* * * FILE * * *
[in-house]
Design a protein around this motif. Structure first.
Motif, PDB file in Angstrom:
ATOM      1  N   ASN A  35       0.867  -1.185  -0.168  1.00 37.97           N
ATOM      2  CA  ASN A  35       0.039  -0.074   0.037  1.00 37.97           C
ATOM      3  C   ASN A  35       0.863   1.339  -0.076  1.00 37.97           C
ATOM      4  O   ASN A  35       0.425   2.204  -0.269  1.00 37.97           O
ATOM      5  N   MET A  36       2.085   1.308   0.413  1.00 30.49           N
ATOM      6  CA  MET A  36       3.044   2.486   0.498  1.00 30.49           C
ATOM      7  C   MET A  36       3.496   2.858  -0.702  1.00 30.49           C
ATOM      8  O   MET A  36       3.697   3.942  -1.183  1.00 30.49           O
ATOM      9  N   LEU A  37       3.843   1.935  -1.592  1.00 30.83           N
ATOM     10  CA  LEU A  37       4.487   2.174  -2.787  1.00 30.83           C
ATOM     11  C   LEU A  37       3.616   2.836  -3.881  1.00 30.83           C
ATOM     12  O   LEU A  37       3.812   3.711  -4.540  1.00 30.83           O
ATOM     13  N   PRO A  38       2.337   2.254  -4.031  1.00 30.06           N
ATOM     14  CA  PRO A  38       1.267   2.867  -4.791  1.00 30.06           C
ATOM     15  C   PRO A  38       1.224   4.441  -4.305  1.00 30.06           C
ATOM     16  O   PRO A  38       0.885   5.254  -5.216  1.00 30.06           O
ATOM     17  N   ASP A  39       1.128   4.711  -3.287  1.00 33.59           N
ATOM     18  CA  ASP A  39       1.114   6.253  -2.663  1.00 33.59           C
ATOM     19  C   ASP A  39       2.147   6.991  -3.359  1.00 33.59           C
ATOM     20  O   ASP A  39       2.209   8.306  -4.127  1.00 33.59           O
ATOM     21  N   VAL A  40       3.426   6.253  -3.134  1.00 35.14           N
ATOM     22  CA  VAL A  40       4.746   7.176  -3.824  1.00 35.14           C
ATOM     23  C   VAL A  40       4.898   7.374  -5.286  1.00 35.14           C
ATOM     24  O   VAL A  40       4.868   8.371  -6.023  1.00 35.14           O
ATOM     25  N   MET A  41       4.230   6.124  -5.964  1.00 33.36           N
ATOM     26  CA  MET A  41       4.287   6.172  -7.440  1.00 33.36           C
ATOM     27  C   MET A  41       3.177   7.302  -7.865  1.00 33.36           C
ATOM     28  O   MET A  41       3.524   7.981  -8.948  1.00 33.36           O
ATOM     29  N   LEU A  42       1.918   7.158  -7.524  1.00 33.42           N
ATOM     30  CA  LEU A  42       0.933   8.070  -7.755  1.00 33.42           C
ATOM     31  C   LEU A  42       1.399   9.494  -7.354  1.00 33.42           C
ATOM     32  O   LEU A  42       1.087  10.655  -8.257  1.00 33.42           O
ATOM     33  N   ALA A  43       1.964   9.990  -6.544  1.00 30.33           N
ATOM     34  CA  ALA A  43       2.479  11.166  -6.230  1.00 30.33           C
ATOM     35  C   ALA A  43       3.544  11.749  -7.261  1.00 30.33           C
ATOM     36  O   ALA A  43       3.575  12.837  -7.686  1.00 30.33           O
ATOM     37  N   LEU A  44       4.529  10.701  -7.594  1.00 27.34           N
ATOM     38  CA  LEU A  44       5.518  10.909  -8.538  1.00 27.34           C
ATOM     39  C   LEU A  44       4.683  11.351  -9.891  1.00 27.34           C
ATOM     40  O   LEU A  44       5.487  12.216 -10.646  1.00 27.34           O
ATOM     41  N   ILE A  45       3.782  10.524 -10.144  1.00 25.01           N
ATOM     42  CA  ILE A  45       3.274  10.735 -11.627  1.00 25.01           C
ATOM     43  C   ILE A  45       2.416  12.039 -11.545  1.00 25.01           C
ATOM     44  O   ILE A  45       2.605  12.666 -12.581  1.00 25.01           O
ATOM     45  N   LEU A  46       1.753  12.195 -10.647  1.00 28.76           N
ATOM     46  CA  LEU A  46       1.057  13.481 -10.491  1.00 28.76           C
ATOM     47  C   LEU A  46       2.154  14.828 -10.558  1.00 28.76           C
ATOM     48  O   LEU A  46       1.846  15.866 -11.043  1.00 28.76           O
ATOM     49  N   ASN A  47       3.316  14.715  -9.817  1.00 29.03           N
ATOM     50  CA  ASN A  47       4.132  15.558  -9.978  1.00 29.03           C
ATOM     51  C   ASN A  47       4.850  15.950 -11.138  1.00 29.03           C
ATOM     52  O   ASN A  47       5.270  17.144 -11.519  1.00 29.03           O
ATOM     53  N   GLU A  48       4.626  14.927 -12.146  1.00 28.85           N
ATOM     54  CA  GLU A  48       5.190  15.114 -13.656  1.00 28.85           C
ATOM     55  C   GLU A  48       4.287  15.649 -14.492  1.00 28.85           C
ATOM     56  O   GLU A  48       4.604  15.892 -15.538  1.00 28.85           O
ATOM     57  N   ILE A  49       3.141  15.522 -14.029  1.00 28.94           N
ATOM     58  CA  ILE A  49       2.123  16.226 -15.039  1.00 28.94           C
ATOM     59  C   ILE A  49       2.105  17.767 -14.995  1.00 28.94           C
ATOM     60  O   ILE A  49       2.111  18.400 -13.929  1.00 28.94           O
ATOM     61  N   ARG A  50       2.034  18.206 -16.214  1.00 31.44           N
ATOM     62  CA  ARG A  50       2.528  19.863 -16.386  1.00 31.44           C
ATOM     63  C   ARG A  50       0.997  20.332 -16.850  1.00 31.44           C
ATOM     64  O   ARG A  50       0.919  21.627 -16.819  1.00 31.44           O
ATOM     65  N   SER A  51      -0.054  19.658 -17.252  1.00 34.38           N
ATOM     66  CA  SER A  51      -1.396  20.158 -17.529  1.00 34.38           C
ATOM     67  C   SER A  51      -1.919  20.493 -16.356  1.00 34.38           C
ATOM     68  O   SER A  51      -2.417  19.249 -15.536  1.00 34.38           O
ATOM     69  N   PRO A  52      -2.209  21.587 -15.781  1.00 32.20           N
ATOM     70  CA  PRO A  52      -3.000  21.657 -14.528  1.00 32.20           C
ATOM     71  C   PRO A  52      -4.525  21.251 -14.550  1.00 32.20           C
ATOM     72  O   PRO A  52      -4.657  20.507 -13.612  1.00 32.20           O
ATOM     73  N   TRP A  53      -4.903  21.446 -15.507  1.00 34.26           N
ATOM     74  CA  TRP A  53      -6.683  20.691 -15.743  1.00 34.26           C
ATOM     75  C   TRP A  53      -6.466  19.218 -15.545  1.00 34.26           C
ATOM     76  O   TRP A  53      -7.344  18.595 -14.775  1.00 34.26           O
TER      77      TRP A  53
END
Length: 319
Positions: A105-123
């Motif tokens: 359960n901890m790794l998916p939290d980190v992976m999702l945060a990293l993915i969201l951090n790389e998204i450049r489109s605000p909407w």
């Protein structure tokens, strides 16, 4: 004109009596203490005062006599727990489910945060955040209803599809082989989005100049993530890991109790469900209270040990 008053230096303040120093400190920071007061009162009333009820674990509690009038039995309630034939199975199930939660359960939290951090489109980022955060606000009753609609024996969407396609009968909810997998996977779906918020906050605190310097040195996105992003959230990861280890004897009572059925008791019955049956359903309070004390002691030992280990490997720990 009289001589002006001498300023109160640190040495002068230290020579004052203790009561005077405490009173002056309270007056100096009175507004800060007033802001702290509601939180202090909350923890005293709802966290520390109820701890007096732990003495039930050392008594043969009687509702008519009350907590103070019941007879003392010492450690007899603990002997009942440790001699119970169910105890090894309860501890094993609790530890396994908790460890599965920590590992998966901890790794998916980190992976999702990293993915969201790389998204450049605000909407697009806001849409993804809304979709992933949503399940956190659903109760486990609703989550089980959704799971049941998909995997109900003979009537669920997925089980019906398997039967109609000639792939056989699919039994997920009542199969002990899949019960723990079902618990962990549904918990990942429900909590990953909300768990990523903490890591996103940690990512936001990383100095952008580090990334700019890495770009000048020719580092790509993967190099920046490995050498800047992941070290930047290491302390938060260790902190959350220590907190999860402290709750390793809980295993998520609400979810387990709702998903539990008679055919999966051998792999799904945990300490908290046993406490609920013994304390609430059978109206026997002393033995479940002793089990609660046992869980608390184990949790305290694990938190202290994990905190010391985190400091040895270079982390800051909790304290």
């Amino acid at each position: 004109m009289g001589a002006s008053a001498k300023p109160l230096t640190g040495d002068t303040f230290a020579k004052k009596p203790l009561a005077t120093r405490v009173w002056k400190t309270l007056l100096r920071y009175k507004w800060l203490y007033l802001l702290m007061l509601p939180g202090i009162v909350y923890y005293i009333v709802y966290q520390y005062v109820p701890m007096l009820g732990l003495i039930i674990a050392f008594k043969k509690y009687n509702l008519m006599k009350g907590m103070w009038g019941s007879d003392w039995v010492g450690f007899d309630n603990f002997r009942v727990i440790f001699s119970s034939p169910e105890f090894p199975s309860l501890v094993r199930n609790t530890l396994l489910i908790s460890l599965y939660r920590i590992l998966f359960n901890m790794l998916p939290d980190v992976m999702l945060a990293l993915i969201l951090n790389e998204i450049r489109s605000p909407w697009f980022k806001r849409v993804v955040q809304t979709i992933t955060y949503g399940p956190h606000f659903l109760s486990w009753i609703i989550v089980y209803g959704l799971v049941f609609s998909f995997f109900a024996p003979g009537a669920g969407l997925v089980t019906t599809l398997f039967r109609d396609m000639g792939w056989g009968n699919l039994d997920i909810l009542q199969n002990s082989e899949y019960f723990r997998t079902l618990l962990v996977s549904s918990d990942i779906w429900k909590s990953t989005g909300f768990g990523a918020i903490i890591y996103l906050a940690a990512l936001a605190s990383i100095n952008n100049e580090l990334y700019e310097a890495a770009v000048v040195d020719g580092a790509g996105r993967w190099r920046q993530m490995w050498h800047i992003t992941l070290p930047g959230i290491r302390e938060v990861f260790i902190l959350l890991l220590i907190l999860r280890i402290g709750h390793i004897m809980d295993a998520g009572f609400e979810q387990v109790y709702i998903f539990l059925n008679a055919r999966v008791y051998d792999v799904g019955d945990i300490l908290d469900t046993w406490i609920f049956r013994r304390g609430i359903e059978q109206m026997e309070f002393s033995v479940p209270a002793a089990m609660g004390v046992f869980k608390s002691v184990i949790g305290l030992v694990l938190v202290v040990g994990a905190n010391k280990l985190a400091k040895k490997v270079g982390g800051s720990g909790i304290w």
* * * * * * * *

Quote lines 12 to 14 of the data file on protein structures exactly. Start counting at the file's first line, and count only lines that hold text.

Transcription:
ATOM      9  N   LEU A  37       3.843   1.935  -1.592  1.00 30.83           N
ATOM     10  CA  LEU A  37       4.487   2.174  -2.787  1.00 30.83           C
ATOM     11  C   LEU A  37       3.616   2.836  -3.881  1.00 30.83           C